Curse of eternal hectic shallowness

I spent an hour disabling the infinite hidden notifications across all my phone apps last Sunday. Last week was a very productive week !!

Google Maps topped the list in terms of notifications per app … 25 different types of notifications. Some apps like paytm have no way to disable their updates. (Should there be a feature in Android to protect us against that?)

Notifications are evil. Not necessary evil, but unnecessary evil.

There is a serious cost to these distractions. Every distraction creates a ripple of hectic shallowness.

Even a quick glance at Twitter or reviewing an email has a negative impact on your ability to focus on tasks. In fact, that one quick glance costs you about 15 to 20 minutes of attention loss. Our brains are simply not wired for that level of distraction – Why deep work matters in a distracted world

While the term ‘Deep Work’ is new, Prof Cliff Ness from Stanford has talked for years on the perils and myths of multitasking. His research and that of many others shows that humans brains are not capable of multitasking. In fact, the ones who suffer the most in terms of lack of attention and inability to switch effectively across tasks are those who believe they are good at multitasking (this includes all the ‘we young millennials are different because we have been multitasking from childhood‘).

Image result for cartoon on multi tasking

If you are constantly in a state of hectic shallowness, it can permanently damage your concentration capacity and ability to do deep work.

“We have a growing amount of research which tells us that if you spend large portions of your day in a state of fragmented attention—where your regular workflow is constantly broken up by taking frequent breaks to just check in with social media—that this can permanently reduce your capacity for concentration,” says Prof. Cal Newport in his book Deep Work: Rules for Focused Success in a Distracted World.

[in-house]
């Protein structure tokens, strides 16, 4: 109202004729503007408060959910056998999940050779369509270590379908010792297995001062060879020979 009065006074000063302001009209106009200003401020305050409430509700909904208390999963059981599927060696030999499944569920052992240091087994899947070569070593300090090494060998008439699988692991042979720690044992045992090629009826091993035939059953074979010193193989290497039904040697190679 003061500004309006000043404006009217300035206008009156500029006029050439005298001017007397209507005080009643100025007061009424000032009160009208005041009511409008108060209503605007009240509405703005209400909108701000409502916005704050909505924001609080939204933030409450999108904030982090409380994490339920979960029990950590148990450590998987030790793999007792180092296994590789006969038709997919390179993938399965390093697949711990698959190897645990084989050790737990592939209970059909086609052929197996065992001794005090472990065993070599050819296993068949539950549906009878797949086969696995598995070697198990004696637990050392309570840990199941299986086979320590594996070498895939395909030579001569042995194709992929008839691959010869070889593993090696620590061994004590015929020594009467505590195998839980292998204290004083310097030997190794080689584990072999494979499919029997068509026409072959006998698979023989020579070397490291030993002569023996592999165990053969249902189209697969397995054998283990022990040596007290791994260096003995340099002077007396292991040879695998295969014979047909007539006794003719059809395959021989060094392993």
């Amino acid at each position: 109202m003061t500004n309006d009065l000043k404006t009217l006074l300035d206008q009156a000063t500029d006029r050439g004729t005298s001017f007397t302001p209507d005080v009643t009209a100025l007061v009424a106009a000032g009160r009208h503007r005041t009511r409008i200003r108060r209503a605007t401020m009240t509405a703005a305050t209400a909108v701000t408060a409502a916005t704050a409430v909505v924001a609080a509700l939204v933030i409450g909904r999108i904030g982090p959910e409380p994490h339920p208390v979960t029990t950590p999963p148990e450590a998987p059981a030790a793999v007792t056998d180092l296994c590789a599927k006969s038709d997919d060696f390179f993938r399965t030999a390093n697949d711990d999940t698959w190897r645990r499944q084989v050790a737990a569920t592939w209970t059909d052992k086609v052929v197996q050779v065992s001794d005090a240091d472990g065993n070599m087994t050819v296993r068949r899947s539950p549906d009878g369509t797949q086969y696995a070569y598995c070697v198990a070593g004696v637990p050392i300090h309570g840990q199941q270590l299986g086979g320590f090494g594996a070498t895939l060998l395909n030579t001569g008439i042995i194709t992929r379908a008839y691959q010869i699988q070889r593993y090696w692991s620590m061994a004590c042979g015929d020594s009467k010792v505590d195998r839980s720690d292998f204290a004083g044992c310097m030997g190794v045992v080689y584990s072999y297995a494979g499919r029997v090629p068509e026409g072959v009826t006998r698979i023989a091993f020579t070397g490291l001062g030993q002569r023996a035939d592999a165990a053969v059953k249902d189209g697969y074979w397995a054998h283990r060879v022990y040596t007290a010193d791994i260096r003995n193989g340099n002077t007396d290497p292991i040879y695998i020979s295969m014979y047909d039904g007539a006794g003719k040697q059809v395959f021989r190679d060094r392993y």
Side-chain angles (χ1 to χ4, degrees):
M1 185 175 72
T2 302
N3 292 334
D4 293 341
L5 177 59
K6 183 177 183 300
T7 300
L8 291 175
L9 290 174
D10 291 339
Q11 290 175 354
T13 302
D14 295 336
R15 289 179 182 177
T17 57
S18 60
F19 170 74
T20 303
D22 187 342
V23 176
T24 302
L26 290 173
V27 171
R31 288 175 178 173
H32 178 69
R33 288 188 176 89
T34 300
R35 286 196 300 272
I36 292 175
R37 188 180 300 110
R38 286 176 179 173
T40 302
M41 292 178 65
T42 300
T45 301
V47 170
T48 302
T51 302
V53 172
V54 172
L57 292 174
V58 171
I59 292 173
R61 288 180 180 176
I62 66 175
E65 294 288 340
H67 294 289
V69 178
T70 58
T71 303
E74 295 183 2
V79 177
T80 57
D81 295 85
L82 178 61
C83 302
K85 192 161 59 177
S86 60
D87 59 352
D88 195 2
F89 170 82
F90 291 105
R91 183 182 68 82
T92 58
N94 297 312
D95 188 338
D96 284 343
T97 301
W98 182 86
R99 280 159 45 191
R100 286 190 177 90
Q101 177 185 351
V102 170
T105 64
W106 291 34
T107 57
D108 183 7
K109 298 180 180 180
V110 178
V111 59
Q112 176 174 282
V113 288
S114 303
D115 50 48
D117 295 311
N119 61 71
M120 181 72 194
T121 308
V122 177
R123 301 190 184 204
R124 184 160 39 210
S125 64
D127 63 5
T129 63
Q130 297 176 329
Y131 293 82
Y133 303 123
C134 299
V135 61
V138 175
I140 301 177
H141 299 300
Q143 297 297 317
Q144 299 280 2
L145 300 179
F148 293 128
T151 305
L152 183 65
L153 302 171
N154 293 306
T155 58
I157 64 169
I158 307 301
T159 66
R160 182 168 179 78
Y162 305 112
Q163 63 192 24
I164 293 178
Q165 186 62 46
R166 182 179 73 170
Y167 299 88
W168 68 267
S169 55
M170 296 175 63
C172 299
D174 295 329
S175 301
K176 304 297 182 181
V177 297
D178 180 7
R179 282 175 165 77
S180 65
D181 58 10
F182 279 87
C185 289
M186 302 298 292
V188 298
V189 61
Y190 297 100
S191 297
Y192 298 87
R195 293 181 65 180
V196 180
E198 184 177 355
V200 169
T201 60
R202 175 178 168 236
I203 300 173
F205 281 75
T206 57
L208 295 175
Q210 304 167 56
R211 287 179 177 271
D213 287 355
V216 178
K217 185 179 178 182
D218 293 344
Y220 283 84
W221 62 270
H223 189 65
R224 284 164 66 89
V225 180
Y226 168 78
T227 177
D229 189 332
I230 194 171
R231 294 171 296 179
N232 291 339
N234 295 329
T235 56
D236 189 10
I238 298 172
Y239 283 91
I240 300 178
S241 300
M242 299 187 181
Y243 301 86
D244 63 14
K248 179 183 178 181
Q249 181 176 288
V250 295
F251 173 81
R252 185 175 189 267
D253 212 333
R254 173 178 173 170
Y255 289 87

Are there social repercussions of opting out of the notification economy? I am sure there are.

But don’t let this ‘Fear of Missing Out‘ curse you to a life of eternal hectic shallowness. People will come to you if you produce outcomes that are of value – irrespective of how slow you are to respond to instant notifications.

Do you agree?

Can you share your experiences of opting out?

References:

  1. Why deep work matters in a distracted world
  2. How multitasking is affecting the way you think
  3. Media multi-taskers pay a price, a Stanford study shows
  4. Can deep work really work?
  5. Putting a finger on our phone obsession
  6. Deep work the secret to achieving high productivity
  7. Hidden costs of worker interruptions
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Head winds / tail winds asymmetry

Do this exercise before you read rest of the post.

Round 1: List in 3 minutes all the head winds and tail winds in ur life.

Round 2: Them double the number of tail winds in 2 minutes.

Round 3: Double them in 2 minutes more.

Count the # of  head winds and tail winds after each round.

Typically the # of head winds and # of tail winds are very similar or the former is more at the end of round 1.

At the end of three rounds, most people were surprised to remind themselves the # of tail winds in their lives. And how they underestimate them.

Why is it that people easily recognize head winds in their lives more than tail winds? When they do people mostly recognize ‘other people’ than ‘systems / environments / intangibles’  in tail winds. And vice versa in head winds.

Why this asymmetry?

Listen to this NPR talk on Why is my life so hard? or read the transcript

What do you think about this concept?

What would you do with this asymmetry?

References:

  1. Talk on Head winds / tail winds asymmetry by Dr. Thomas Gilovich
  2. NPR talk – Why is my life so hard?
  3. Life’s headwinds and tail winds